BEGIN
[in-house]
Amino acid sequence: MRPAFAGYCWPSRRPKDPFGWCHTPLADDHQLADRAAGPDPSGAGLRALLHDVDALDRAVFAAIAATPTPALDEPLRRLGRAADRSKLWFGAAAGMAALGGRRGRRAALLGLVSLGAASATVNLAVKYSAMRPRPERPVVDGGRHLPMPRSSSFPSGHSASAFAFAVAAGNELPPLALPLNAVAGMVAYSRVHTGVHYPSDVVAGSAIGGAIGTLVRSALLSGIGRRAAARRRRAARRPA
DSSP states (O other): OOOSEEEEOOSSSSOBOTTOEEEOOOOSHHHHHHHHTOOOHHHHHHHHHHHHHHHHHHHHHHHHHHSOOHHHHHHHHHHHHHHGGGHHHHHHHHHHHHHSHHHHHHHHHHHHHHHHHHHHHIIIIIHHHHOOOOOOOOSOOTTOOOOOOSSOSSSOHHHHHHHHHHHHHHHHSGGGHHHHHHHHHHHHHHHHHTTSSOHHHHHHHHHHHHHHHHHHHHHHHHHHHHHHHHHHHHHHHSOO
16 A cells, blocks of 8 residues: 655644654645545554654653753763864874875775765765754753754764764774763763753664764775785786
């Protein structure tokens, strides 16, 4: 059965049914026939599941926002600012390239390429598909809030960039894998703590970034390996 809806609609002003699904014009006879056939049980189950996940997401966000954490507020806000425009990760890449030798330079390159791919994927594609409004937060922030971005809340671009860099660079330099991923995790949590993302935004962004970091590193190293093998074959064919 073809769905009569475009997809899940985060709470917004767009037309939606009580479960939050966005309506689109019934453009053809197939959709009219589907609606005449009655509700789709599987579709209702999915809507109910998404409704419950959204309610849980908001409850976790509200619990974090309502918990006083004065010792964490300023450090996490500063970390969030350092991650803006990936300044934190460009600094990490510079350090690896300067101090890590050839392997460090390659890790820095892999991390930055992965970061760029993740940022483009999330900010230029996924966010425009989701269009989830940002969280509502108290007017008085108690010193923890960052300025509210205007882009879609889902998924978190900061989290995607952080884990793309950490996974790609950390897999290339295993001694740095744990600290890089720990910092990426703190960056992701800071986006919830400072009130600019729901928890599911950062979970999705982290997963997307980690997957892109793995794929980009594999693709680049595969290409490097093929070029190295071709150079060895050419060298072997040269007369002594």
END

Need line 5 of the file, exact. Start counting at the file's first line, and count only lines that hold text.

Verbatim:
């Protein structure tokens, strides 16, 4: 059965049914026939599941926002600012390239390429598909809030960039894998703590970034390996 809806609609002003699904014009006879056939049980189950996940997401966000954490507020806000425009990760890449030798330079390159791919994927594609409004937060922030971005809340671009860099660079330099991923995790949590993302935004962004970091590193190293093998074959064919 073809769905009569475009997809899940985060709470917004767009037309939606009580479960939050966005309506689109019934453009053809197939959709009219589907609606005449009655509700789709599987579709209702999915809507109910998404409704419950959204309610849980908001409850976790509200619990974090309502918990006083004065010792964490300023450090996490500063970390969030350092991650803006990936300044934190460009600094990490510079350090690896300067101090890590050839392997460090390659890790820095892999991390930055992965970061760029993740940022483009999330900010230029996924966010425009989701269009989830940002969280509502108290007017008085108690010193923890960052300025509210205007882009879609889902998924978190900061989290995607952080884990793309950490996974790609950390897999290339295993001694740095744990600290890089720990910092990426703190960056992701800071986006919830400072009130600019729901928890599911950062979970999705982290997963997307980690997957892109793995794929980009594999693709680049595969290409490097093929070029190295071709150079060895050419060298072997040269007369002594």